Win or lose, Bruins goalie Tim Thomas is the likely Conn Smythe winner. (Michael Ivins/US Presswire)
By Stu Hackel
With the Canucks back in Boston -- site of their horror show Games 3 and 4 -- and the Stanley Cup in the building, the Bruins will, as their coach Claude Julien says, hope "to create a Game 7."
The B's will have to be better than they were on Friday in Vancouver, when the Canucks showed the physical dimension that was missing from their play during the two previous games. The Canucks took every opportunity to smash Boston players, outhitting them 47-27, forcing numerous turnovers (NHL stats had the takeaways at 15-6 in the Canucks' favor), tightening their defensive play while getting a very strong game from Roberto Luongo, and doing all sorts of things that seemed unimaginable after Vancouver's two-game massacre in Boston. After Game 4, we wrote that Vancouver would need a massive turnaround to halt Boston's huge grab of the series' momentum and we felt somewhat skeptical that they could. But that's just what they did.
This series might not end tonight. And as we wrote prior to Game 4, win or lose, Tim Thomas has to be the strongest candidate for the Conn Smythe Trophy as playoff MVP. He was something of a scapegoat for the B's Game 5 loss, as his aggressive style exposed the net on the only goal of the match:
Maxim Lapierre's third-period tally caught Thomas overplaying Kevin Bieksa's point shot -- which was actually fired wide purposely to carom off the end boards and beat a goaltender who was otherwise unbeatable. The media made much of Luongo's postgame remarks that he would have made the stop because of the difference between his style and Thomas's. (That might not have been true prior to this year when Luongo, too, played a more adventurous goal -- and with poorer results.) While Thomas does get trapped and looks bad on some goals -- like Alex Burrows' 11-second OT winner in Game 2 (video) -- he prevents many, many more that would imperil other goalies because of his challenging approach and his never quitting on any shot. As good as they have been, and they've been well beyond good, the Bruins plainly don't get this far in the postseason without the goaltending that Thomas has provided them.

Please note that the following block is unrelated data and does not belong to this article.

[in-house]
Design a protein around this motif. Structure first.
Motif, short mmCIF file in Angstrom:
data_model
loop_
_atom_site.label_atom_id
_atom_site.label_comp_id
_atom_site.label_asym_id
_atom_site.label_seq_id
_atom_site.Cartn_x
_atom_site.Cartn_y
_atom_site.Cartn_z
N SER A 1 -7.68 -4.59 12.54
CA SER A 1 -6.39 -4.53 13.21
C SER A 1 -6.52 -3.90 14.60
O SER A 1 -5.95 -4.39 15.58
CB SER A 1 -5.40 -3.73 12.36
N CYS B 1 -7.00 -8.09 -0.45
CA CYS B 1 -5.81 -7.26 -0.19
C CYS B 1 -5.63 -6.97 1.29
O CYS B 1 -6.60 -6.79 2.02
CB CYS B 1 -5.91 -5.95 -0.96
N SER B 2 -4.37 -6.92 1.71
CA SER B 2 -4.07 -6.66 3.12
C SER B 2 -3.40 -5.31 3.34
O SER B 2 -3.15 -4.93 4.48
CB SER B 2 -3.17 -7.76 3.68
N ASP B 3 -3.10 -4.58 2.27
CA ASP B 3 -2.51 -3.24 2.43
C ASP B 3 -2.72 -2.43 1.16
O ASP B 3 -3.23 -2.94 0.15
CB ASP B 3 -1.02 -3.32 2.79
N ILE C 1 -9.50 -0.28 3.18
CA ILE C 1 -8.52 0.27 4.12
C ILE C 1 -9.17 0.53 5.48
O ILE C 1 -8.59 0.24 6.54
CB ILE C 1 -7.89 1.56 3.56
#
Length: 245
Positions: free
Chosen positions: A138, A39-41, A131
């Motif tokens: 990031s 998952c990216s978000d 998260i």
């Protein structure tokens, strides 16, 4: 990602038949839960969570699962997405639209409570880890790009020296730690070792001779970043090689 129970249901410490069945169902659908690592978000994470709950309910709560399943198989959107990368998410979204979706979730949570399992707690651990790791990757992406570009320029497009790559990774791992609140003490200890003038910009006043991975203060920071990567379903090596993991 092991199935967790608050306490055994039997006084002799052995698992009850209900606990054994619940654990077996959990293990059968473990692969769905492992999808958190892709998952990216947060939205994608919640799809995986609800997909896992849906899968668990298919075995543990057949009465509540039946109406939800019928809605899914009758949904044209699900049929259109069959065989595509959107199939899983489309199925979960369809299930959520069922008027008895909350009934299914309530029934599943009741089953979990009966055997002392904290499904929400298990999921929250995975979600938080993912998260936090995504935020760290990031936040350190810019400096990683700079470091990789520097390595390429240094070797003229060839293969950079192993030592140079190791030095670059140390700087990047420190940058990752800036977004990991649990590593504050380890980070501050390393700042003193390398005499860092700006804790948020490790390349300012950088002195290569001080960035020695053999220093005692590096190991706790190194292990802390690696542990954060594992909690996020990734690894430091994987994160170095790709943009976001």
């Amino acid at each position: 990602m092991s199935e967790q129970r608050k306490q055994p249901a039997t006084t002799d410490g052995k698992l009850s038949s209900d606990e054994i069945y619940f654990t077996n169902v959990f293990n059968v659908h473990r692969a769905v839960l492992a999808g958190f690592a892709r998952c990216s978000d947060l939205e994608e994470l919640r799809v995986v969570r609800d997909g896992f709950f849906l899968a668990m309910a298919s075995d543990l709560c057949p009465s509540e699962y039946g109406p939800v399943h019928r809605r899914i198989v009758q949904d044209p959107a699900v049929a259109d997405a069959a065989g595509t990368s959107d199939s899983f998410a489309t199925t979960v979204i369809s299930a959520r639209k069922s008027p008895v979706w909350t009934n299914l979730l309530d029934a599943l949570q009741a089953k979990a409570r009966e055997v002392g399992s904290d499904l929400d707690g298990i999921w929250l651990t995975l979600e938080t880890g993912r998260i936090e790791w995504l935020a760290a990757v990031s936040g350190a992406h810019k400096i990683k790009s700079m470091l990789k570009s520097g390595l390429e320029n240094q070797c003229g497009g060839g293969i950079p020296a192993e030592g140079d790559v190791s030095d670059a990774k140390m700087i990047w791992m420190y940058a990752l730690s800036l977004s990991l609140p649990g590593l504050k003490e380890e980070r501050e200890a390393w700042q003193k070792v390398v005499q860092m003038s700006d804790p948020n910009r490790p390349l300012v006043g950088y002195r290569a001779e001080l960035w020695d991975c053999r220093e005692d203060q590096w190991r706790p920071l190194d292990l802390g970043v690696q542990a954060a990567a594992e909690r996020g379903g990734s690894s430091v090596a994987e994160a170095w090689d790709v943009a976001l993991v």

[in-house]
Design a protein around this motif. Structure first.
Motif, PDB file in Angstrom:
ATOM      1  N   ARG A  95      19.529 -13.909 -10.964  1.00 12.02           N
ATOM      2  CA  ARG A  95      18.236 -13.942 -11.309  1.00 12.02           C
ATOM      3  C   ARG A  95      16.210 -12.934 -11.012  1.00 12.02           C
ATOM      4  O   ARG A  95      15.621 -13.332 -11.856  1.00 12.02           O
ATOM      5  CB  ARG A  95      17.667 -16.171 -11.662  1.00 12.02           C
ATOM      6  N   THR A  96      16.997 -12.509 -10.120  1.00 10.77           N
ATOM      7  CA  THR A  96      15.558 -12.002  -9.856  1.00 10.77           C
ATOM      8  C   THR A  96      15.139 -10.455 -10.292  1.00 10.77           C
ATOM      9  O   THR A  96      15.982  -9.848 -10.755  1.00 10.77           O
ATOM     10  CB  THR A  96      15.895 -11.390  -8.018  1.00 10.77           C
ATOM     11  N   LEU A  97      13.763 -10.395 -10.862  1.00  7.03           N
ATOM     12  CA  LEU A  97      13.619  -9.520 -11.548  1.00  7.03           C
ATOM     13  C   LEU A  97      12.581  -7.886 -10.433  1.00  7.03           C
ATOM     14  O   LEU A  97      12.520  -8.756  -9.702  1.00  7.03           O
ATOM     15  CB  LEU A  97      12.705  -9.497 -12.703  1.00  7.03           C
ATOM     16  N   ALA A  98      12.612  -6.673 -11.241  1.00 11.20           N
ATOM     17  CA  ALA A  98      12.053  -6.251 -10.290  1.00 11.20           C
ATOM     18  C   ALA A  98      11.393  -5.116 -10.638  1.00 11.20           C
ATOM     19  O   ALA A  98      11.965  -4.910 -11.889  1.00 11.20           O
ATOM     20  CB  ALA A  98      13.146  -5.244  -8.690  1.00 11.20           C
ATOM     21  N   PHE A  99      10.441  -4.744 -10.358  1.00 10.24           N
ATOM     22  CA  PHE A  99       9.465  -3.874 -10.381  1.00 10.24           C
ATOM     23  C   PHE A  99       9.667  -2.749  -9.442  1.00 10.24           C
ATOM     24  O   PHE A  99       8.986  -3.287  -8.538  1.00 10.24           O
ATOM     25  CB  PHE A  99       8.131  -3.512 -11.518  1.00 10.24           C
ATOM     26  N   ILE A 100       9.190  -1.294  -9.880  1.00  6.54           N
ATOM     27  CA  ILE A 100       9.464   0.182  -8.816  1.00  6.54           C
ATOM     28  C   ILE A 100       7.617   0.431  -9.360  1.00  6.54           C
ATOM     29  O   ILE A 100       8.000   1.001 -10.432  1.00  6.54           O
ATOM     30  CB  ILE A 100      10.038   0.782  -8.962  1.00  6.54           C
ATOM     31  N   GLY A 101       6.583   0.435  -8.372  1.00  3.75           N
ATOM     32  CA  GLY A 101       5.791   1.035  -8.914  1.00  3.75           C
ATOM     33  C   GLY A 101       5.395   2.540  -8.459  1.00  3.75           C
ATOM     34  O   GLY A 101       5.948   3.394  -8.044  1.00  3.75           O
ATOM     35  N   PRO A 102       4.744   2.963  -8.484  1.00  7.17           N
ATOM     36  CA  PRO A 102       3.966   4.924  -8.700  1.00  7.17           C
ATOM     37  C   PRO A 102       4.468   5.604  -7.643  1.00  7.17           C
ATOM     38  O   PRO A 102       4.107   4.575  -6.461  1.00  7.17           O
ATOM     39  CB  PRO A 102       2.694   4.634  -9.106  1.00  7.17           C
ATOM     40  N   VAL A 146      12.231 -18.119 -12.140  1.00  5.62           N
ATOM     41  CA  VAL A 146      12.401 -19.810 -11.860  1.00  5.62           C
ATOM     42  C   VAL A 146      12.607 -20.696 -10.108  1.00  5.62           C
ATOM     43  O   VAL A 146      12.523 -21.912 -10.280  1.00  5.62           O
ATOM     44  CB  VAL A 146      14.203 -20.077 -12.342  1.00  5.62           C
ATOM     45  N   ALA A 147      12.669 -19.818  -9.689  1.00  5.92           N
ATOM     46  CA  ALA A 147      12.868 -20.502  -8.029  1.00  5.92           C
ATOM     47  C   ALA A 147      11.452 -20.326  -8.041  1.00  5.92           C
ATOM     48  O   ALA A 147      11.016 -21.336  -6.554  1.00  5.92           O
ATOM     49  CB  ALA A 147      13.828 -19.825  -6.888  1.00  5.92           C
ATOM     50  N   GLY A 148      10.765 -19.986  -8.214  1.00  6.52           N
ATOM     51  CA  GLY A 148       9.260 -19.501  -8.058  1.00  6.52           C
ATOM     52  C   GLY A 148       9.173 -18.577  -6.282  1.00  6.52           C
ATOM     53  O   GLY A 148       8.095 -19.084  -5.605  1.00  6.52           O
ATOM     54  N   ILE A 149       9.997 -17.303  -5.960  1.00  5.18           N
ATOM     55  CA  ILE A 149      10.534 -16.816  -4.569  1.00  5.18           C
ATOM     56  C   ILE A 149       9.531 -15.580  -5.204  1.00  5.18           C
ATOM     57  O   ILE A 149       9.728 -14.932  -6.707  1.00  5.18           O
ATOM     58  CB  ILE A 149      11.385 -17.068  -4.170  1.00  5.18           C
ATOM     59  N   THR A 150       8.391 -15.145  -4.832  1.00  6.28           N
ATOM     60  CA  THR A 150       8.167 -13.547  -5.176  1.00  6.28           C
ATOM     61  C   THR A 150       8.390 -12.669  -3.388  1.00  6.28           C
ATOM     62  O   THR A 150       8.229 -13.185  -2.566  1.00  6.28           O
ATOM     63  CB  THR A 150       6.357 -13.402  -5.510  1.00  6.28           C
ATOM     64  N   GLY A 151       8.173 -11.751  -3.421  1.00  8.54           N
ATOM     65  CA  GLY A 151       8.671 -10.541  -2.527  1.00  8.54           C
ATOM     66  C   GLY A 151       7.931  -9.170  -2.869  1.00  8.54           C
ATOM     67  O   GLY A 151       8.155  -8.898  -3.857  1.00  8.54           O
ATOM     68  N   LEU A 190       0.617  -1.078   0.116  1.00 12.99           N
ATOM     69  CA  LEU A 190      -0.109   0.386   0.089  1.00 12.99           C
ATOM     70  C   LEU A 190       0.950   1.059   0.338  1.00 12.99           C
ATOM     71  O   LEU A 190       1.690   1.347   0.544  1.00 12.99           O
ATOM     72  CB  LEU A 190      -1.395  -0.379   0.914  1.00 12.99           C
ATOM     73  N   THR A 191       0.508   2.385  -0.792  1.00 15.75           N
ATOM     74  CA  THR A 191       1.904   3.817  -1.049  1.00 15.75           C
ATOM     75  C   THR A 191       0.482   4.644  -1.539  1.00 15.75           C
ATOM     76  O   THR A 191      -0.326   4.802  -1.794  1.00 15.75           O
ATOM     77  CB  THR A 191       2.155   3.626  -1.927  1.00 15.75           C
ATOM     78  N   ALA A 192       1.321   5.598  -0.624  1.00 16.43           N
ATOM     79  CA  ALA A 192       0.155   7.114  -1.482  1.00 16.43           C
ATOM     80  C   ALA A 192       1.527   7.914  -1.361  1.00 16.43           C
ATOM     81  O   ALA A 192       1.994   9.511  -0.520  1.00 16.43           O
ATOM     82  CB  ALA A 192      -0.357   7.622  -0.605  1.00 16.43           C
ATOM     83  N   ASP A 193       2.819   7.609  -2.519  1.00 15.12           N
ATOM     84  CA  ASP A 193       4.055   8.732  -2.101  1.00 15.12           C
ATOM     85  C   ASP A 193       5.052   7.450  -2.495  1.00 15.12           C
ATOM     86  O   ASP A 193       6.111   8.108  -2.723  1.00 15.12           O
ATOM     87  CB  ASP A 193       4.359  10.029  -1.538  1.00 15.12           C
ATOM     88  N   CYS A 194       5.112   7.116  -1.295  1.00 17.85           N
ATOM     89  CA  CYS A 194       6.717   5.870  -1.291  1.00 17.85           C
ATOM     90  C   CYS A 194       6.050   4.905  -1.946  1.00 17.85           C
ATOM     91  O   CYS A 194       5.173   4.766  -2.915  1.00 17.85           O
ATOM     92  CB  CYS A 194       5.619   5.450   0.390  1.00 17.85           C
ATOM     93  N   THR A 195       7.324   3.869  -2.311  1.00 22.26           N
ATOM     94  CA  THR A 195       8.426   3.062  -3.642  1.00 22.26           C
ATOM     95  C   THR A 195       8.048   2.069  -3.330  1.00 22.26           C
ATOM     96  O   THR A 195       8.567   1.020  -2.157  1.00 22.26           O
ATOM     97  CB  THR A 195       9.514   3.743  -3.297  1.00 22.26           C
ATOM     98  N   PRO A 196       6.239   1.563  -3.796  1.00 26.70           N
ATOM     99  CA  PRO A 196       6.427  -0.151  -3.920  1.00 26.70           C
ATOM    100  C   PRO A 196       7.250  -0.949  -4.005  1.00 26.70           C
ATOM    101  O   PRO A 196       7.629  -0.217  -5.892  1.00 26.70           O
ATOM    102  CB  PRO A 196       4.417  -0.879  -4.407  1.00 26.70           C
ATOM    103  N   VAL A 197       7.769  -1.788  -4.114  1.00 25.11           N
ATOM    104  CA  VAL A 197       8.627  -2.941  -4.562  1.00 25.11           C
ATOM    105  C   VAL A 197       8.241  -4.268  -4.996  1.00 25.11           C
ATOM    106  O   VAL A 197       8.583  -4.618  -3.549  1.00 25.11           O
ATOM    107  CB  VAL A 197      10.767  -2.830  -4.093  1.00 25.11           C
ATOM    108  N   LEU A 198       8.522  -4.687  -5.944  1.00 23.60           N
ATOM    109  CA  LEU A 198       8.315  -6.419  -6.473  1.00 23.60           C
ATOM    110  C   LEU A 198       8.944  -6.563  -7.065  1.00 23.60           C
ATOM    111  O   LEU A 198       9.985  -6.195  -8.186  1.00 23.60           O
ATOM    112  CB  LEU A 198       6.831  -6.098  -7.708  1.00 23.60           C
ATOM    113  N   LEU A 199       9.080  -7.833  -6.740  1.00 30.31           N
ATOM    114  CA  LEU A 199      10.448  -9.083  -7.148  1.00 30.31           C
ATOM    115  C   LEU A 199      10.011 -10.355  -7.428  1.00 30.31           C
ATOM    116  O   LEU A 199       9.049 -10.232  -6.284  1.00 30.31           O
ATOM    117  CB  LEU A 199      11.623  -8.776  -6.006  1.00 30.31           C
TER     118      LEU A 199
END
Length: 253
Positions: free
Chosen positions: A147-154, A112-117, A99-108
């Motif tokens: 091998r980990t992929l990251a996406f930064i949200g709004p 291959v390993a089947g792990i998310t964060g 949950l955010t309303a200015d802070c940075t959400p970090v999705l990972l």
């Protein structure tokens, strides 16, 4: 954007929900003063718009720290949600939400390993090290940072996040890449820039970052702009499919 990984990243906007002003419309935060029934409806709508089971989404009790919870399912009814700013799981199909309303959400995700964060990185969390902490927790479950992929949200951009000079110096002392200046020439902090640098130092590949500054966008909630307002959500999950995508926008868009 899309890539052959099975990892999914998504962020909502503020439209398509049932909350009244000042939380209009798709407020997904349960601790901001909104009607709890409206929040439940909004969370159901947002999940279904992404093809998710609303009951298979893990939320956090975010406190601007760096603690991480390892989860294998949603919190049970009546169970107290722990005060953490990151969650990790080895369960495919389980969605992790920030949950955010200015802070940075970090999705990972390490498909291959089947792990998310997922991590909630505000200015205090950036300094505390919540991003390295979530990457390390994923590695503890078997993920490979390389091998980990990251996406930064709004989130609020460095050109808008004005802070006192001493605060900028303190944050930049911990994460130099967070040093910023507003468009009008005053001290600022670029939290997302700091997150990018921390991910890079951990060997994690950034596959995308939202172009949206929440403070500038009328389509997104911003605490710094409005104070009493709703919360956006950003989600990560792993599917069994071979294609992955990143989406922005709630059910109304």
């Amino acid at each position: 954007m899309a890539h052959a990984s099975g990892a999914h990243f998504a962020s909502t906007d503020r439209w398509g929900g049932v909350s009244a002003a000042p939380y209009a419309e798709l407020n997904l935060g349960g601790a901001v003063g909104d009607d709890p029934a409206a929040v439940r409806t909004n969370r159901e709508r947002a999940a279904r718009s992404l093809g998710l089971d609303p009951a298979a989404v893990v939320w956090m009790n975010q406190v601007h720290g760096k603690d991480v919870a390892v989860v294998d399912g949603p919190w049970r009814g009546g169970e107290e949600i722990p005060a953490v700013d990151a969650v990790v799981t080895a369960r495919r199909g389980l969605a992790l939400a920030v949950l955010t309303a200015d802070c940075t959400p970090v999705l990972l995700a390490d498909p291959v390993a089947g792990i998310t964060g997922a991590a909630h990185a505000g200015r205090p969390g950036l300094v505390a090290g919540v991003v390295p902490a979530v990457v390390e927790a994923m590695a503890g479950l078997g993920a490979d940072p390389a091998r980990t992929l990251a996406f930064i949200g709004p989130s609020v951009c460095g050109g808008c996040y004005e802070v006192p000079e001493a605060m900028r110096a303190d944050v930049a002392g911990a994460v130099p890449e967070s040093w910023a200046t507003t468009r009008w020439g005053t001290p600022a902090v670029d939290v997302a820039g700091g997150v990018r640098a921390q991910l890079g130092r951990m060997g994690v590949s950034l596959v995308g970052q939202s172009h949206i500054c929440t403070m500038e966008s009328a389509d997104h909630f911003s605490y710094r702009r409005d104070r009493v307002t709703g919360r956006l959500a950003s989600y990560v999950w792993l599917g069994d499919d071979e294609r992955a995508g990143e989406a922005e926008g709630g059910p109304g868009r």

But now Boston faces the end of the line and that should summon a top effort in order to stay alive. It's why the fourth win of any Stanley Cup series is always the hardest to achieve. In this case, it will be especially difficult because of the way the B's have played on home ice. Both teams in this series have a jagged edge to their game which has made this series more physically intense and hostile than any Cup final in a long time, and with the stakes so high, the anger could again envelop the action and make for a very nasty game.
The comfort level both these clubs have in their own barns is one reason to suspect that this series will go the limit. There's certainly more than the emotional factor at play on home ice. The ability of the home team's coach to get the match-ups he wants has a great deal to do with dictating the run of play, as Julien pointed out in his between-game remarks on Sunday. "I think it's smoother when you have the last change," he said. "There is less changing on the fly and you get the better match-ups and that's for sure. I don't think, except for a couple of certain match-ups that both teams are trying to stay away from or to get, I think we've been more or less content with what they want against us and what we want against them, except obviously the back end is something that's been a bit of a challenge for both teams to try to get away from or get as a match-up."